According to the U.S., Russia allegedly shelled Ukrainian positions from its own territory. Meanwhile, more bodies were found at the site of the crash of Flight MH17.
Debris from the crashed Malaysia Airlines plane was still burning for days (photo taken July 23). Photo: ap
After the suspected downing of the plane over eastern Ukraine, the U.S. is making new accusations against Moscow: from its own territory, Russia shelled Ukrainian army positions with artillery, State Department spokeswoman Marie Harf said Thursday. She cited intelligence, but did not go into detail. In addition, Harf in Washington added, there is new evidence that Moscow is planning to supply the rebels in eastern Ukraine with more powerful rocket launchers than before.
At the same time, Ukraine has come under criticism from the Human Rights Watch organization. The organization has accused the leadership in Kiev of killing 16 civilians in a rebel-held area. Between July , government forces and pro-government militias used Russian-made "Grad" missiles in the Donetsk area at least four times, it said in a statement released Thursday.
Firing such pinpoint missiles in densely populated areas violates the law of war and could be classified as a war crime, it said. Human Rights Watch called on all parties in the conflict to refrain from using "Grad" missiles in the future.
Deputy Prime Minister Groisman Takes Office
On top of the latest allegations, the ongoing fighting in eastern Ukraine and massive problems in clearing up the suspected plane shootdown, there was also a serious government crisis in Kiev: Prime Minister Arseniy Yatsenyuk announced his resignation because his governing coalition had broken up. The signs now point to new elections.
The nationalist Svoboda party and the Udar movement led by former boxing world champion Vitali Klitschko had withdrawn their deputies. In response, Yatsenyuk told parliament Thursday, "In connection with the collapse of the coalition, I announce my resignation." He said the parliament could no longer work under the new conditions and pass the necessary laws.
Head of government Yatsenyuk pointed to the desperate situation of his country. Several economic bills had previously failed in the Rada – including one that would have allowed foreign investors to participate in Ukraine’s ailing gas transmission system. This was intended to reduce the transit country’s dependence on Russia. Former Deputy Prime Minister Vladimir Groisman is to lead the government on a transitional basis.
UN force to secure crash site
In eastern Ukraine, investigators are still unable to gain unimpeded access to the crash site a week after the Malaysian passenger plane was presumed shot down. That is why a UN force is now to secure the area, according to a proposal by the Netherlands and Australia. 50 Australian police officers were sent to London on Thursday in anticipation of such a mission.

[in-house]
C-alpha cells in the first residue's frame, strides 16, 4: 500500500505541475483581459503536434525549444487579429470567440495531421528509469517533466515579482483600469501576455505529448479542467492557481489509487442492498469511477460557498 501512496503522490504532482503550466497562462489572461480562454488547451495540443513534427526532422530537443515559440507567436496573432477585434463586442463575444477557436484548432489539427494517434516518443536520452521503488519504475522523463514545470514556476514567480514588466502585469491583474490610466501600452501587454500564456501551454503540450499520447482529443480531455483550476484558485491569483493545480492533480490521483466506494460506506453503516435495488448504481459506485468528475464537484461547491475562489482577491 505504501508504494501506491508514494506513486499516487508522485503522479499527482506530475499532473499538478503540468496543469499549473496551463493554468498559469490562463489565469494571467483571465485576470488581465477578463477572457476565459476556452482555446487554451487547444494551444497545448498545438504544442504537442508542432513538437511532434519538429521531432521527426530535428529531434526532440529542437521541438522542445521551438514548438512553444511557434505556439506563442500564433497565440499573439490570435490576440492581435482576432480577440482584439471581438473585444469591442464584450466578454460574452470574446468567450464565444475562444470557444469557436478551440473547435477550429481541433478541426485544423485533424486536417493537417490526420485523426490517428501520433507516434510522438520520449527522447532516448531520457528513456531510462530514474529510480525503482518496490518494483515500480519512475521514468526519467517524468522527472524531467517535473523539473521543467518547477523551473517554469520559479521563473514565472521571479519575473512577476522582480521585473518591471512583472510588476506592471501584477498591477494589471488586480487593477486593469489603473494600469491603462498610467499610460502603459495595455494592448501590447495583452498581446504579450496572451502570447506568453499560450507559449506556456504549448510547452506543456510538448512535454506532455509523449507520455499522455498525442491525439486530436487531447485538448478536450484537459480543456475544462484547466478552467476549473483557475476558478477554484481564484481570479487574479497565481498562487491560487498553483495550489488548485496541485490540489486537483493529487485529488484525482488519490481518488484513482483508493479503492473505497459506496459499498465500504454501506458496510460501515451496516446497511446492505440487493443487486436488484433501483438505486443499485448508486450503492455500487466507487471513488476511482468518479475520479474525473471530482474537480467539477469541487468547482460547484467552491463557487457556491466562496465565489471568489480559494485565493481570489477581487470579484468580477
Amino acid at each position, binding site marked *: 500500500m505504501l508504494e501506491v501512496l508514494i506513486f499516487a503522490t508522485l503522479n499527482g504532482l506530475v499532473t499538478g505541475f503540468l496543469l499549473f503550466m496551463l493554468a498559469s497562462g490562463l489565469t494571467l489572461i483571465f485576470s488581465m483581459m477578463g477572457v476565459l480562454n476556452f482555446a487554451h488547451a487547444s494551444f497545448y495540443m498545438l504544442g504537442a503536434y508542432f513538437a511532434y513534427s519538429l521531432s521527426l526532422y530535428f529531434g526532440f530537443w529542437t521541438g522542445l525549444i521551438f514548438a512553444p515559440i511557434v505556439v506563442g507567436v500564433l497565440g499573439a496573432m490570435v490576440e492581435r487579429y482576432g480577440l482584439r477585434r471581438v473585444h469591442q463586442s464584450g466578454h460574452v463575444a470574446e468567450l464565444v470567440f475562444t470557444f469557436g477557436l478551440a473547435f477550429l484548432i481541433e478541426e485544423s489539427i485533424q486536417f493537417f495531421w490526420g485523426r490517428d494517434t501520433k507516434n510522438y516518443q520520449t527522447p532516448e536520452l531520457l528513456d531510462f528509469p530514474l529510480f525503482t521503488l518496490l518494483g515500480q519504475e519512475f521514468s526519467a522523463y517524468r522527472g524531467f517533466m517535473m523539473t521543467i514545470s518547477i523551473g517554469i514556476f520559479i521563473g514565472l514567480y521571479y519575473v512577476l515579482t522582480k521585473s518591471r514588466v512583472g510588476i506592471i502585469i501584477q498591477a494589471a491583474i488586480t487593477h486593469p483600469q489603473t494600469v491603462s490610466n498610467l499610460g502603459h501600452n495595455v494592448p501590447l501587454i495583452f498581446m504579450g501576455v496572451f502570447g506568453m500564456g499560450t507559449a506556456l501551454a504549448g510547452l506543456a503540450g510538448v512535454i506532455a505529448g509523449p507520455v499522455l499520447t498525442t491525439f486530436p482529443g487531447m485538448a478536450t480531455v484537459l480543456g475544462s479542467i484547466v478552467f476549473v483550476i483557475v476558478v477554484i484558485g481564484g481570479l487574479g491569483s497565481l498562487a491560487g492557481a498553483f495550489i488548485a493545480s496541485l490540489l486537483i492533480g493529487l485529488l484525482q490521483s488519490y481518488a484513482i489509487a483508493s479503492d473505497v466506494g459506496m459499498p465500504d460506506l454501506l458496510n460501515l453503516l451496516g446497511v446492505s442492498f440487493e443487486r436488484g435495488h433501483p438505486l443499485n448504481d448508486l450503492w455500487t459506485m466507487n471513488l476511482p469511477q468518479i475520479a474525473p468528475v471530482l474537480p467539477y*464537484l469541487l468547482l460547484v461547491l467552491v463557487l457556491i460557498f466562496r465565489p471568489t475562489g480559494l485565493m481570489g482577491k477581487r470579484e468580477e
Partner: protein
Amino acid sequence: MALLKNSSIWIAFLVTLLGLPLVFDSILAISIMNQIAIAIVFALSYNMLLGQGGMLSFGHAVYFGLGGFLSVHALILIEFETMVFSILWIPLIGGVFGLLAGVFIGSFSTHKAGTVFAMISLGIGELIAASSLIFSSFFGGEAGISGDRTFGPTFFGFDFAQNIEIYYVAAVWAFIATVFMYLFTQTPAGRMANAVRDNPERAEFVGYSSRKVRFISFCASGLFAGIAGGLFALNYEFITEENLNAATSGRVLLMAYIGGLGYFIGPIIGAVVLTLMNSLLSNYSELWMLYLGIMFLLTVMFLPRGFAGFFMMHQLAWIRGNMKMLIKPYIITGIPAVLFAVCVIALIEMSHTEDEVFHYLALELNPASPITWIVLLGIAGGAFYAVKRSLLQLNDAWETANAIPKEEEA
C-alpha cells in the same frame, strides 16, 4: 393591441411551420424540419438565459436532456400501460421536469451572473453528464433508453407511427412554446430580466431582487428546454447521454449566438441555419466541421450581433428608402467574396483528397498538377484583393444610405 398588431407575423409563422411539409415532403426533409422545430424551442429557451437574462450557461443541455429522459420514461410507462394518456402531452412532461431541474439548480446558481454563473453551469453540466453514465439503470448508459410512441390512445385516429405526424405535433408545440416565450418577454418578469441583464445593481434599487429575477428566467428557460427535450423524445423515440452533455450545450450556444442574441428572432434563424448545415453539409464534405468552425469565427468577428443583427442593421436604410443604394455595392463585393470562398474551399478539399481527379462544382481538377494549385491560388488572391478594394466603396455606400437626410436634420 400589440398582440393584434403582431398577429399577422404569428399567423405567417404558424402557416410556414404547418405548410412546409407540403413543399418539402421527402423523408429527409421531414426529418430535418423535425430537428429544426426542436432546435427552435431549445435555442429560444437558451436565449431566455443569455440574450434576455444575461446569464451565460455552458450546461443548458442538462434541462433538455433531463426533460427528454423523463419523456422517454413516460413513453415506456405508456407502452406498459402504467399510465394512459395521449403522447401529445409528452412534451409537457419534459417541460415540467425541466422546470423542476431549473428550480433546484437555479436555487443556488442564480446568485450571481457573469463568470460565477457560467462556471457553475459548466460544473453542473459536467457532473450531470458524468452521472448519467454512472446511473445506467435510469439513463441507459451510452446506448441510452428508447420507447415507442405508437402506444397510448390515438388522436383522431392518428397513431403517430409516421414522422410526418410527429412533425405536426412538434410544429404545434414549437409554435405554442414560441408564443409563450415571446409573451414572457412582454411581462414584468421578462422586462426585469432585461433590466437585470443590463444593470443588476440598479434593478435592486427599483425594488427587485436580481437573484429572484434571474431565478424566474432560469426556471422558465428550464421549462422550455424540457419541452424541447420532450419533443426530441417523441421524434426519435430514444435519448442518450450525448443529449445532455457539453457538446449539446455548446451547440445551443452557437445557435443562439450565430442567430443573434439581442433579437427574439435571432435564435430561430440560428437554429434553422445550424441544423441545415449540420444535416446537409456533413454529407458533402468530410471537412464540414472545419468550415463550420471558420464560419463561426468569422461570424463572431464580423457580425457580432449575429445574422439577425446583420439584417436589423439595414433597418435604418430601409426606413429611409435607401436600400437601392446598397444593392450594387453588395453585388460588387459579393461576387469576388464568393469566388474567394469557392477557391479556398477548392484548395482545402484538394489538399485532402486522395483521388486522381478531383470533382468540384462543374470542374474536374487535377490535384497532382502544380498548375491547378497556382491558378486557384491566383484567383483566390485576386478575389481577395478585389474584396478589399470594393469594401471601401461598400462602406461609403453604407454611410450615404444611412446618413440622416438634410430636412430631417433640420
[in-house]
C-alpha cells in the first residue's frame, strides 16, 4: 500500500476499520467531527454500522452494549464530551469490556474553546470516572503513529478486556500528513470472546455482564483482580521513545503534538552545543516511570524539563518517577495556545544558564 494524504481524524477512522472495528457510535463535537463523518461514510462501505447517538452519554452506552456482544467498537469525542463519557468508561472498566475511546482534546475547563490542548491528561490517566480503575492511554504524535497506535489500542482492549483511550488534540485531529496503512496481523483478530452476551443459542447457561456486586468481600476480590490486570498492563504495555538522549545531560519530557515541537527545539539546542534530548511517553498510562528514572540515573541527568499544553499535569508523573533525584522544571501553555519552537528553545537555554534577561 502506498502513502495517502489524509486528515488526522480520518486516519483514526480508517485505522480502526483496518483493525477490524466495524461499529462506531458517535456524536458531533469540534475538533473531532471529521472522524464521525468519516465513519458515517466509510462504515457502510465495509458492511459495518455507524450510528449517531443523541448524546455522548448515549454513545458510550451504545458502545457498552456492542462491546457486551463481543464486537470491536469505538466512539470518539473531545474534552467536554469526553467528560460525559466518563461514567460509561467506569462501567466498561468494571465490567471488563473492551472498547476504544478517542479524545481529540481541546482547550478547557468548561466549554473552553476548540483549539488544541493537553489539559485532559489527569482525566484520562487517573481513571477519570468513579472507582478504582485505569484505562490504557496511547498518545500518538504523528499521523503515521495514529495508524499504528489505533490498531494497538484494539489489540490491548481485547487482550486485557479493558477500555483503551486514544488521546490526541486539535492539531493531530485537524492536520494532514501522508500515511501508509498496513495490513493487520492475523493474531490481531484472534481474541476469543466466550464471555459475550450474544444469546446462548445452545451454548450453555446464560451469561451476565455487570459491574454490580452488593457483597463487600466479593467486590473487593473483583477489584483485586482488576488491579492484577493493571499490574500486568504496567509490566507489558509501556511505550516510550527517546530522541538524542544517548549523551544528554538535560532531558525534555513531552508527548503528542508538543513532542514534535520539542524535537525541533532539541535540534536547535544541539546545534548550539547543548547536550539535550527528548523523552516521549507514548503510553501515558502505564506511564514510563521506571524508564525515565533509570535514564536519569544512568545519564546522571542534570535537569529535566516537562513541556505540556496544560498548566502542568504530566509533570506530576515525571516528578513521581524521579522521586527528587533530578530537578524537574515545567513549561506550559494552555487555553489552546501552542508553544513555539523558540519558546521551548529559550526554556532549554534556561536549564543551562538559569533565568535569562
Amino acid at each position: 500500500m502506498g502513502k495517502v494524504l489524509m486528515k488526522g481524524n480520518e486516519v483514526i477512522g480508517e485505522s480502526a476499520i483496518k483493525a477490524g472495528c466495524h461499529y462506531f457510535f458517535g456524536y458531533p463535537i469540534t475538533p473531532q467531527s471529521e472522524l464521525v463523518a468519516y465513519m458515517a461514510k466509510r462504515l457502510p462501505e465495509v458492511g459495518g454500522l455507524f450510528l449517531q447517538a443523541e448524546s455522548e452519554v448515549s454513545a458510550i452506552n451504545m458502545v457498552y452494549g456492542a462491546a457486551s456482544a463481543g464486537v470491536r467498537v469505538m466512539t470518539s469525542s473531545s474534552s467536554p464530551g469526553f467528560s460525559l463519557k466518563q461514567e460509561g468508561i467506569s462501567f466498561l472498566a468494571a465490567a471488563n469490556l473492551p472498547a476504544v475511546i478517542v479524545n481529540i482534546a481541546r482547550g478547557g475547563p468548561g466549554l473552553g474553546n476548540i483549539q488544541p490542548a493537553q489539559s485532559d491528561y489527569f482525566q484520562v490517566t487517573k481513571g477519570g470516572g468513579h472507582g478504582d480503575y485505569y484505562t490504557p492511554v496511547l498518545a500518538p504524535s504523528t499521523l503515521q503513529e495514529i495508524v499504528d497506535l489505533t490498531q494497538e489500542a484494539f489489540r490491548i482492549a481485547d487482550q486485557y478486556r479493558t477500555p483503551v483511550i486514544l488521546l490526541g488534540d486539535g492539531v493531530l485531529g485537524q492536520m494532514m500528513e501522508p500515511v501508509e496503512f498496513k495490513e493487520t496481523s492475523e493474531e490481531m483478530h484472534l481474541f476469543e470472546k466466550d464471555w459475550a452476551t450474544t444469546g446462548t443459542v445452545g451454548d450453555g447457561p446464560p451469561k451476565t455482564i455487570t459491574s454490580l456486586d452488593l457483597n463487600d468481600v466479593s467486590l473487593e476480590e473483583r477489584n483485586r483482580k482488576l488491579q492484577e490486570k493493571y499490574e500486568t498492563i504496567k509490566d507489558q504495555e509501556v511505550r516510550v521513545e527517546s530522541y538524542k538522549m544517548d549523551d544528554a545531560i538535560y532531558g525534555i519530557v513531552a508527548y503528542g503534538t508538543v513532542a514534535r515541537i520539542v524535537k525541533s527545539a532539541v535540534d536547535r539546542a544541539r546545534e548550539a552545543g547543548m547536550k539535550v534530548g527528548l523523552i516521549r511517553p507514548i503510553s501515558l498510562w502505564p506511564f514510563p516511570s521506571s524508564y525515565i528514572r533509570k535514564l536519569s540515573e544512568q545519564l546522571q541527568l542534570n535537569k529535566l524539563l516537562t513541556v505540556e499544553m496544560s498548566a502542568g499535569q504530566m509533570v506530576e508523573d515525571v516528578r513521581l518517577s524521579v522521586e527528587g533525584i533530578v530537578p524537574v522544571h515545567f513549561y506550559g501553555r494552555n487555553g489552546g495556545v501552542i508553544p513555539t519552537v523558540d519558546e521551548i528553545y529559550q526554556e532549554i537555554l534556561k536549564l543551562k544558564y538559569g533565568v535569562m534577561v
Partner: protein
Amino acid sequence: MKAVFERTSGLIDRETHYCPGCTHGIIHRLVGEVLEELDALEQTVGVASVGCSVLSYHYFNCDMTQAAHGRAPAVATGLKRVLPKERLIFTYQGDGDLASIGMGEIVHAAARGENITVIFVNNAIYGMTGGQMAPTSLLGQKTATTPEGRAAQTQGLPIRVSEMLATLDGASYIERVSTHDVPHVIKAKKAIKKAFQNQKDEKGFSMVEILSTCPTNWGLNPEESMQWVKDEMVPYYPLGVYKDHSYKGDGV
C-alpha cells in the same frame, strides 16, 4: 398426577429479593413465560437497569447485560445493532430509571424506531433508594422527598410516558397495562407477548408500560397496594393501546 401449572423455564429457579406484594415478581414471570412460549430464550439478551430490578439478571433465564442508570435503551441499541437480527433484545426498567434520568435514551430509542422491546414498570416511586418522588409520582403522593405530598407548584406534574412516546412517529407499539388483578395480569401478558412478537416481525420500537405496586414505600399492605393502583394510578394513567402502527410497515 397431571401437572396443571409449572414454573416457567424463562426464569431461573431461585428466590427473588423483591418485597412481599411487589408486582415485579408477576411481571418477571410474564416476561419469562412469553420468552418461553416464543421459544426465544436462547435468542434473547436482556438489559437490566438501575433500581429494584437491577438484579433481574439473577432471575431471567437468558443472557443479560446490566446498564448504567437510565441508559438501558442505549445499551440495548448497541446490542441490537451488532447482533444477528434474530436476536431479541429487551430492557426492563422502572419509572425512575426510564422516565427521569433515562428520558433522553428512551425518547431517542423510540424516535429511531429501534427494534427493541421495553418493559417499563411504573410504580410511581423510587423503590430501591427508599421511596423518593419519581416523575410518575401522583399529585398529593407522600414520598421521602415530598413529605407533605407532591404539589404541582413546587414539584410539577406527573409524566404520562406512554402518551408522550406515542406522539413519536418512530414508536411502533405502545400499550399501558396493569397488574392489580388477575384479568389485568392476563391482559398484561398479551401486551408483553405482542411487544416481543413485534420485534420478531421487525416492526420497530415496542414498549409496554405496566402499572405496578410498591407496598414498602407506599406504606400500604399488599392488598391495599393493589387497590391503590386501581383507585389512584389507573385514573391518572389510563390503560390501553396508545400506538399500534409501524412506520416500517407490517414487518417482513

Australian Prime Minister Tony Abbott said he sought Russian President Vladimir Putin’s support for the plan in a phone call. Foreign Minister Julie Bishop flew to Kiev with her Dutch counterpart, Frans Timmermans, to also persuade the Ukrainian government to allow an international police force to secure the crash site, Abbott said.
So far, only pro-Russian rebels control the crash site. The Boeing 777 was hit by a surface-to-air missile, according to U.S. officials. According to the OSCE, Malaysian investigators at the crash site also assume that a missile hit the plane. Heavily punctured wreckage points to that, Michael Bociurkiw of the Organization for Security and Cooperation in Europe (OSCE) observer mission told ZDF television on Thursday. All 298 people on board were killed.
The Netherlands flew out more remains of the occupants killed in the crash. Most of the victims of the crash were Dutch. But Australians, Britons, Germans and other nationals were also on the plane. The first remains of victims were flown out on Wednesday, followed by two more flights from Kharkov to Eindhoven on Thursday. Australian media reported Friday that a new large piece of wreckage and more bodies had been found in the debris field.
In response to the Flight MH17 tragedy, leaders of the international aviation industry plan to convene for a strategy meeting. The meeting, scheduled for next Tuesday in Montreal, Canada, will focus on safety issues raised by the disaster, said a representative of the International Civil Aviation Organization (IACO), which is organizing the meeting. In addition to the U.N. agency, delegates from the International Air Transport Association, which is responsible for airlines, the air navigation service provider CANSO and the international umbrella organization of airport operators ACI will participate.
There will be another top-level meeting of officials next February, according to Thursday’s information.
EU expands sanctions
Meanwhile, the European Union (EU) expanded its list of entry bans and account suspensions against representatives of Russia and the separatists. The new punitive measures bring the number of affected individuals in Russia and eastern Ukraine to 87, diplomats said. For the first time, 18 organizations and companies have also been blacklisted. They are no longer allowed to do business in the EU.
Other tightening of EU sanctions will be decided later. The main points at issue are more difficult access for Russia to financial markets, a halt to the supply of high-tech goods for oil production and a ban on arms deliveries to Moscow.